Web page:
Does the Personal Representative of an Estate Need a Lawyer?

The personal representative of an estate has significant legal duties in collecting and distributing property and assets of a deceased individual. While Arizona law does not require a personal representative to have a lawyer, there are important reasons for having a probate attorney assist with administration of the estate, including the potential for legal liability if probate laws and procedures are not followed.

Fiduciary Duties of a Personal Representative

When the law requires an estate to go through probate administration, the court appoints a personal representative, following the established statutory priority order. Until the appointment, no one has legal authority to collect or distribute property and assets of the estate. That authority exists only after the court issues letters of personal representative to a specific individual who requests appointment.

Arizona law imposes substantial fiduciary and legal duties on the personal representative of an estate. Fiduciary duties carry an extremely high level of responsibility under Arizona law. Failing to perform the responsibilities can result in legal liability for resulting harm, which is one of the most significant reasons that a personal representative should get assistance from a probate lawyer.

For a specific estate, the procedure and steps in the probate process depend on what type of probate the law requires for the estate. After receiving appointment by the court, the personal representative typically begins by safeguarding all property in the estate, then collecting and identifying all the property in the estate to create an inventory of the assets. Each item must be assigned a value, which sometimes requires professional assistance from an appraiser.

The duties also include notifying certain individuals about probate of the estate, including beneficiaries who inherit under a last will and testament, heirs who inherit by law, and potential creditors. Failure to provide the required notifications constitutes a breach of the personal representative’s responsibilities.

Probate procedures involve paying all outstanding debts and expenses of the estate, as well as filing tax returns and paying taxes. The personal representative cannot distribute property in the estate until completion of all the steps and procedures required by law and by the jurisdiction where the deceased person lived and probate takes place. After distribution, the personal representative requests the court to close the probate.

How a Probate Lawyer Helps the Personal Representative of an Estate

A probate lawyer guides the personal representative of an estate through the entire probate administration process, from taking the right steps to secure court appointment through inventorying the estate, providing notifications, paying all amounts owed by the estate, distributing estate assets, and ultimately asking the court to close the probate. By helping the personal representative navigate through the process, the attorney makes certain that all required processes are followed and all steps are taken properly. Without legal assistance, a personal representative can make mistakes or omissions that can result in liability.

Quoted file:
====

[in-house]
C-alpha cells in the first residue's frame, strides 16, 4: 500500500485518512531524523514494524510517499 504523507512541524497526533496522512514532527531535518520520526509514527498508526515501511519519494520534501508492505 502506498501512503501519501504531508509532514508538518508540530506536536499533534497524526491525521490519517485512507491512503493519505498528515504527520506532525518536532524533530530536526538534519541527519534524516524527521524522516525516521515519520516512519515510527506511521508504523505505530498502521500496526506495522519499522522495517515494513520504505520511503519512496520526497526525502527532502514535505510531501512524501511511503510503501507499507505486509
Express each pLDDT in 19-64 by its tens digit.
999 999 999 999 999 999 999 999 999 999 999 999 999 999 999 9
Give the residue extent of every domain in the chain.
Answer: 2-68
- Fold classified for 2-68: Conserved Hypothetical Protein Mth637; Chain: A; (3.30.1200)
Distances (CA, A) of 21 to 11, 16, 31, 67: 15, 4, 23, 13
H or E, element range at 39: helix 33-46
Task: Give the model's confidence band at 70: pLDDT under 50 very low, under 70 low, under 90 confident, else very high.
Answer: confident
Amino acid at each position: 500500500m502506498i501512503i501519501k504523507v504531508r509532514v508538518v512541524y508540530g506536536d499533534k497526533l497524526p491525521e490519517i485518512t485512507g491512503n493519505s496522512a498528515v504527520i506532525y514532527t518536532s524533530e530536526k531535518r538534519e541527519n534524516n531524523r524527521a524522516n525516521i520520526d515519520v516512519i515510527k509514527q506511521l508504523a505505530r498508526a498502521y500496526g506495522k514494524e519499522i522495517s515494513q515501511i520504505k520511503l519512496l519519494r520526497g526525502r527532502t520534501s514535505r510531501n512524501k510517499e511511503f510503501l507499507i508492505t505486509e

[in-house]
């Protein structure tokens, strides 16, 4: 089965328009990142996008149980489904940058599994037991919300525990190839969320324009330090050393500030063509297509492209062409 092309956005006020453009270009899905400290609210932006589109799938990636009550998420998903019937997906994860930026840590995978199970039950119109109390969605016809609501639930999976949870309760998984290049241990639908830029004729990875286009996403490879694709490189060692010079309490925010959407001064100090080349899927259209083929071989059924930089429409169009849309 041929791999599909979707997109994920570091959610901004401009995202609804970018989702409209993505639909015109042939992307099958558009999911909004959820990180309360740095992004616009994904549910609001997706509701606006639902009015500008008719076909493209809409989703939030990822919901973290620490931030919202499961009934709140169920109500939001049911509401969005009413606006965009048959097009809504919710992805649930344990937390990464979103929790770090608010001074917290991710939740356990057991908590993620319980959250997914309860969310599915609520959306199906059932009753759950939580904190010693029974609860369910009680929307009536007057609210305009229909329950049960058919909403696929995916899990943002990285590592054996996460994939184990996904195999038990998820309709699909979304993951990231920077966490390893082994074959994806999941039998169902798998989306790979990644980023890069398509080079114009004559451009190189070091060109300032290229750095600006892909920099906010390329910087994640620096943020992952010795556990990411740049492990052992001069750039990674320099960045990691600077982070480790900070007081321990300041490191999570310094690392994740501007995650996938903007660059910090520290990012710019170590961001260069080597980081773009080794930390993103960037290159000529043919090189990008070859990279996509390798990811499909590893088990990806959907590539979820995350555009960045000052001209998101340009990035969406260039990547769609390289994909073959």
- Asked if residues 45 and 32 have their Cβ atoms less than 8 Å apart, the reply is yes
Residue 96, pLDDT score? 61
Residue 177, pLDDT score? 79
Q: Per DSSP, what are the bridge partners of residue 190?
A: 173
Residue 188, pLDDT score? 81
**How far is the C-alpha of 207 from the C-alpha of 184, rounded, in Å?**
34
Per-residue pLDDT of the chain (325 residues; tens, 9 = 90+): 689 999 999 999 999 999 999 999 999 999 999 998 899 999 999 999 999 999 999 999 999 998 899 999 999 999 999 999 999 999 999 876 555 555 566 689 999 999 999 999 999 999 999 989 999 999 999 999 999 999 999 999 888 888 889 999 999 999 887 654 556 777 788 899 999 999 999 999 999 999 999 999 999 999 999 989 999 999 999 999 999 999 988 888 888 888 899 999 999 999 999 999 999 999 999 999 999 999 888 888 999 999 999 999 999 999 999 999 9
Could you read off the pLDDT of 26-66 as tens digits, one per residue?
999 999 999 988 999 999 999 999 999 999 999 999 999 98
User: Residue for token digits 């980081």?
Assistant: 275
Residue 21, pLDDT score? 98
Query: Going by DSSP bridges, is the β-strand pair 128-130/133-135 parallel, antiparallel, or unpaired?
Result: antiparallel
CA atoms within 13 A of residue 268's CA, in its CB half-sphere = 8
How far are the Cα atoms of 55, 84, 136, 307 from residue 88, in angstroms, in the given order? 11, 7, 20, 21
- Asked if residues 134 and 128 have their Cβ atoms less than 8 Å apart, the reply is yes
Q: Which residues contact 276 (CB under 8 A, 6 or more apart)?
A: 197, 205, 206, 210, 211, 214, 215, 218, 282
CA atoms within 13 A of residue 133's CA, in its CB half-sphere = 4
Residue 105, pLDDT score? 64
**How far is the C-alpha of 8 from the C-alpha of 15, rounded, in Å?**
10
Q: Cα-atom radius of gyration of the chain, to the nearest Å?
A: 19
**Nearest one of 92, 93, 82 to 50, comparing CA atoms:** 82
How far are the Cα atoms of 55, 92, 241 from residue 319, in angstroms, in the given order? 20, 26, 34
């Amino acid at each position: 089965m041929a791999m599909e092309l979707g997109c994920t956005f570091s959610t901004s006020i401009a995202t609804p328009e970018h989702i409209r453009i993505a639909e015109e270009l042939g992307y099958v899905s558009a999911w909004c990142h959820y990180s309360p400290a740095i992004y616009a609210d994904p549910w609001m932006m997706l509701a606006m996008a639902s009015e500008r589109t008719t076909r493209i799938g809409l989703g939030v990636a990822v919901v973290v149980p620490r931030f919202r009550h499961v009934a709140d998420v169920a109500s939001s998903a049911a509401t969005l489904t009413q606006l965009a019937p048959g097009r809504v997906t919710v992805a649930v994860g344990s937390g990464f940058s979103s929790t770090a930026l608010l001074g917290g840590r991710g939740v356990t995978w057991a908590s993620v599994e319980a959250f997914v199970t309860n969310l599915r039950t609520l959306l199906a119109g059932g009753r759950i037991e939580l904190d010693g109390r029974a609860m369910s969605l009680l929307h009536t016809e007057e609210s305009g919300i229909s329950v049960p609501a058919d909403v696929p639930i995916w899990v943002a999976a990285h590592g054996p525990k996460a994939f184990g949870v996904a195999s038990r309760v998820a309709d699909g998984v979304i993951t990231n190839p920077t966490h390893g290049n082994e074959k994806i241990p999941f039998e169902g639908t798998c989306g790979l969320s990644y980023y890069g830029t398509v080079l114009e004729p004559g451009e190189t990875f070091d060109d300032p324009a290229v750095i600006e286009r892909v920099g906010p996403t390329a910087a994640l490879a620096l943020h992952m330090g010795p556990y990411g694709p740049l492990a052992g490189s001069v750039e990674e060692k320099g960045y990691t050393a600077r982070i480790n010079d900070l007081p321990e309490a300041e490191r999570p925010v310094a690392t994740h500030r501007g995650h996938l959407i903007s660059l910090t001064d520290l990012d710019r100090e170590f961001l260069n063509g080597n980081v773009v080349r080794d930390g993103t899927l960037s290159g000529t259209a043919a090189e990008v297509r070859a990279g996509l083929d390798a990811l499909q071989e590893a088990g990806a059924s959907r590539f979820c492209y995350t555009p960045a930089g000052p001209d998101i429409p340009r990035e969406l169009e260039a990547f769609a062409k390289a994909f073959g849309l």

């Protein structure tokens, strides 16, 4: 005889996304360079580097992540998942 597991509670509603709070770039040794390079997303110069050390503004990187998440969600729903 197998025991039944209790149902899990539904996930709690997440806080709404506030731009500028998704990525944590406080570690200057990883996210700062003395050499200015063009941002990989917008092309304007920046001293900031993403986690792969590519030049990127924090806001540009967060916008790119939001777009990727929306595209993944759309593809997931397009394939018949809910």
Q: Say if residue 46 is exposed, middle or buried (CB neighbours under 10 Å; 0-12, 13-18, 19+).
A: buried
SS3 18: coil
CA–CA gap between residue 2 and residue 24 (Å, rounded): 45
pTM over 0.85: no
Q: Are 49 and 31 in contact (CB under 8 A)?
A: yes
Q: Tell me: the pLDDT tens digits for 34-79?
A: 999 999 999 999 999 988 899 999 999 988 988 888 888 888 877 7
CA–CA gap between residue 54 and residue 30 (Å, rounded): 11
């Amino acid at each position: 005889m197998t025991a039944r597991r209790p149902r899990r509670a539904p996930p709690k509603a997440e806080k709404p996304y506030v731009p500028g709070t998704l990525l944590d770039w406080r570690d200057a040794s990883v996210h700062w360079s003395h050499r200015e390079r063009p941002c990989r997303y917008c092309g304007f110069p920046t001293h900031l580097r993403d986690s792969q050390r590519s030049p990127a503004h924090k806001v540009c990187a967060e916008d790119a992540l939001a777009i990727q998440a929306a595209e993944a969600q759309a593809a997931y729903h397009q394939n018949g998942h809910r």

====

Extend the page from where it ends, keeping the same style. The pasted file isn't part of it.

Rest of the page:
If you lose a loved one, a probate lawyer can also help you even before the appointment of a personal representative. Rather than worrying over legal requirements while you are grieving your loss, you can ask an attorney for guidance. Taking that step enables you and your family to focus on supporting each other during bereavement, because the lawyer will assume as much of the burden as possible. A probate attorney can help you with many estate and probate questions and concerns including:

  • Locating and gaining access to the deceased person’s estate documents
  • Interpreting and applying provisions of the estate planning documents
  • Determining what to do if there are no estate documents
  • Evaluating whether Arizona law requires probate, and if so, what type of probate is necessary
  • Providing you with an overview of the probate process, so you know what to expect in the months ahead
  • Identifying of probate assets and non-probate assets in the estate
  • Ascertaining who has priority for appointment as the personal representative under Arizona law

Regardless of what concerns you have about your loved one’s estate, a probate attorney can answer your questions and alleviate any anxiety over legal requirements that apply to the estate. At Peterson Law Offices, your first consultation is always free of charge and without obligation, so there is no reason to hesitate to contact us.

Schedule a Free Consultation With an East Valley Probate Lawyer

Arizona probate attorney Shane Peterson assists clients with all aspects of estate administration and probate, regardless of the size and nature of an estate. If you have questions and concerns about a deceased loved one’s estate, we are here to help. We take pride in offering top-quality, affordable legal services and exceptional client service.

Peterson Law Offices welcomes inquiries from clients throughout the East Valley, including Queen Creek, San Tan Valley, Gilbert, Mesa, and Chandler. Schedule your free initial consultation by calling 480-878-5998 or using our online contact form.

Categories: Arizona Probate